Our discussion thus far has addressed men and women equally. Now we will introduce one difference between them. Women tend to marry up, men tend to marry down. Women are very focused on interpersonal production. There are good, biological and logical reasons for that. They prefer to find men who are better than they are. Men tend to marry down because a) men tend to be intimidated by women who are spiritually more intelligent than them, b) women prefer to marry up, leaving them with what is left, and c) they are more focused on physical qualities (which are Normal distributed).

Putting all of this into the mix, you develop a model for marriage matching. Men who are at the bottom of the spiritual curve are not going to get married, or at least they shouldn't. They will lack the character and other attributes necessary to provide an environment for women that is better than being single. They cost more than they are worth to a woman. Meanwhile, because many men end up with women of lower level of spiritual intelligence, the women at the top end of the curve are more likely to end up without a match--at least under monogamy.

In this scenario, it is likely that for any given woman of high spiritual intelligence, the only way to marry up is through polygamy: the high quality men will already be taken.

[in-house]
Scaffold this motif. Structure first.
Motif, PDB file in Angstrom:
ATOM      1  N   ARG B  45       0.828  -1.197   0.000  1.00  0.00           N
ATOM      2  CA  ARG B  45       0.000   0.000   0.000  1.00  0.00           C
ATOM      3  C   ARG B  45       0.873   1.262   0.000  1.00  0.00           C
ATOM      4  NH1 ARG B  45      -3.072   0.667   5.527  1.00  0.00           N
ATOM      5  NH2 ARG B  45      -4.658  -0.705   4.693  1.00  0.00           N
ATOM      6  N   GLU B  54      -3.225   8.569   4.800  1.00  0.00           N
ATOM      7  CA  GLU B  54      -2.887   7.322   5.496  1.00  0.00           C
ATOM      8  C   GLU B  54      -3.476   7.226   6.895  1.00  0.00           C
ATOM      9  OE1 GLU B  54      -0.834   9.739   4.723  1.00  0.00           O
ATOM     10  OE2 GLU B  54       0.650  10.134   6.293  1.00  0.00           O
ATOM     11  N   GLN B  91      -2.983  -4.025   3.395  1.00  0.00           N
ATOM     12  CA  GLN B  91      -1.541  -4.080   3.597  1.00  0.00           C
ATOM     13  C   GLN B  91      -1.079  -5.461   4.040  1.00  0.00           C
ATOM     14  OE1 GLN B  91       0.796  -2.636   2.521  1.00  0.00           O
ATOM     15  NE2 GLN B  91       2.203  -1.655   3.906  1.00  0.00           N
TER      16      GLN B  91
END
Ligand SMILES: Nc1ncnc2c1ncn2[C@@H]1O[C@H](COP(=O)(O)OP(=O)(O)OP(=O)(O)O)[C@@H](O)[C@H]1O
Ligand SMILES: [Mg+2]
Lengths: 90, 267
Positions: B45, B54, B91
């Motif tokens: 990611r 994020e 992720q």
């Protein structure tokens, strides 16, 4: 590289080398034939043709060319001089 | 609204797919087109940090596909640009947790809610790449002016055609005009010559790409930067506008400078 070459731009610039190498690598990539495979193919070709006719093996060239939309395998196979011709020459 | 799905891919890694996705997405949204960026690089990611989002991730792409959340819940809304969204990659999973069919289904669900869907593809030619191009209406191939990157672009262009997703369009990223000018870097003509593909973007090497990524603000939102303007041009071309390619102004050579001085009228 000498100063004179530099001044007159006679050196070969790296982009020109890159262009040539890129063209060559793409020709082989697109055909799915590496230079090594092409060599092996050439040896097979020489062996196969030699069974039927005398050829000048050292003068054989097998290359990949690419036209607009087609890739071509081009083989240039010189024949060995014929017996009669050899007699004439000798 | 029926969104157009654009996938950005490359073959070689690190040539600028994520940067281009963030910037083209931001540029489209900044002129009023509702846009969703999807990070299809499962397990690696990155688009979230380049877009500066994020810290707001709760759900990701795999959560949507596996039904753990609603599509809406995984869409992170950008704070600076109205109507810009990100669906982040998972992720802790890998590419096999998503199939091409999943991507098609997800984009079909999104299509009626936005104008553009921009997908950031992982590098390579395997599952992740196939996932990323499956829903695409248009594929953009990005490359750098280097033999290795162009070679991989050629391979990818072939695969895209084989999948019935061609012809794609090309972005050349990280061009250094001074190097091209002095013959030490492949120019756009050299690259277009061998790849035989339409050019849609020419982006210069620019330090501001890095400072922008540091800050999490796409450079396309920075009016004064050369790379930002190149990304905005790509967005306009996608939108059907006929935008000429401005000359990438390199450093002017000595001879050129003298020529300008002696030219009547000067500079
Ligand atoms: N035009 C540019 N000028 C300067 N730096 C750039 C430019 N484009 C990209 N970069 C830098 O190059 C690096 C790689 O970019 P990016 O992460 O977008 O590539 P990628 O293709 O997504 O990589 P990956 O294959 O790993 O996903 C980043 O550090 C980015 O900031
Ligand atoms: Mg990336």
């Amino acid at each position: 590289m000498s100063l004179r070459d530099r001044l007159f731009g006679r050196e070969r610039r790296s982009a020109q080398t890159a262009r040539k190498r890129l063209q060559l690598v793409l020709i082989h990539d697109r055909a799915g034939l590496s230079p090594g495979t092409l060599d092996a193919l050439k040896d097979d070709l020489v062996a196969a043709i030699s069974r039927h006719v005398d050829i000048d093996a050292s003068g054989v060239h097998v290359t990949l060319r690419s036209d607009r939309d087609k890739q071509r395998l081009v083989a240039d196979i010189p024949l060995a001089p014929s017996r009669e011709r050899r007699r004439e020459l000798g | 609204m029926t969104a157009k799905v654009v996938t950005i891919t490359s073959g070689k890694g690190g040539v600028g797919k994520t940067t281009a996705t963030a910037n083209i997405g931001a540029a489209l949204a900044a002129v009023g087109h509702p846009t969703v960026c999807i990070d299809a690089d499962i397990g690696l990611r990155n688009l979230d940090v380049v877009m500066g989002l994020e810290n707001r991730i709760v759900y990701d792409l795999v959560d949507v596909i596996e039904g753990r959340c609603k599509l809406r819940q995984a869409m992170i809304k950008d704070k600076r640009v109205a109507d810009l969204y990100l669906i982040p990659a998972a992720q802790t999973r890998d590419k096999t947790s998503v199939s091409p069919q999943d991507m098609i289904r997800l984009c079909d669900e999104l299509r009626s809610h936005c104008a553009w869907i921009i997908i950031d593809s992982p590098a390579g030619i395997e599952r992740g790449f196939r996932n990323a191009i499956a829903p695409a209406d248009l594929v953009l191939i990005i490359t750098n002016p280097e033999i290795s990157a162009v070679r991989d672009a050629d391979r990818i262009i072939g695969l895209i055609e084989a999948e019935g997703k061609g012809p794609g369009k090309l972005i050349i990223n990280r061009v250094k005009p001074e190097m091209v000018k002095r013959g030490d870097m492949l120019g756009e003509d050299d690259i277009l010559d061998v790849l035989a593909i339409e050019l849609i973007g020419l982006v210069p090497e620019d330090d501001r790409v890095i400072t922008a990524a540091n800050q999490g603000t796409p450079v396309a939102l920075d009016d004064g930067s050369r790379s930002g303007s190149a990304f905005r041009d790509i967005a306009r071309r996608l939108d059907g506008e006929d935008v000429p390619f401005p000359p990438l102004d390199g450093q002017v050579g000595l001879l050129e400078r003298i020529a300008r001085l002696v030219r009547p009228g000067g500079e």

Most women and some men bristle at the idea that it is better for a woman to share a very high quality husband than have a low-quality man to herself. And, in fact, history bears out this analysis. A study of DNA shows that, over the history of the human race, twice as many women had children as men. On the scale of human history, polygamy is the norm, not the exception.

However, I'm not making a case that it should be the norm. According to what we've discussed, polygamy makes no sense unless you are (or are considering partnering with) a much-better-than-average male, and there are very few of those. How few? At best, 1 or 2 in 100. In my personal opinion, far less than that.

A man's spiritual intelligence being higher than a set of women is insufficient to motivate polygamy. To truly be in the best interest of the women involved, a man must have the resources (godly character, temporal, emotional, spiritual) necessary to provide two women with a situation better than what they could have without him. These resources are much greater than what is needed in monogamy (more than 2x). If a man has these resources, he is rare indeed.

Under these constraints--which are factual not hypothetical--the oft-repeated "polygamy can't be good because if we practiced it there wouldn't be enough women" is repudiated.

Even in the rare case of a male on the right side of the Pareto, this scenario still only makes sense under a few limited situations regarding the woman. One we've discussed here is with women on who are also on the right side of the Pareto. Now we turn to one other case.

2. In the case of widowhood or divorce.

There are two cases that make it even harder for a woman to marry up. These are widowhood and divorce. The difficulty seems to increase with the woman's spiritual intelligence, which makes sense in the context of the Pareto distribution.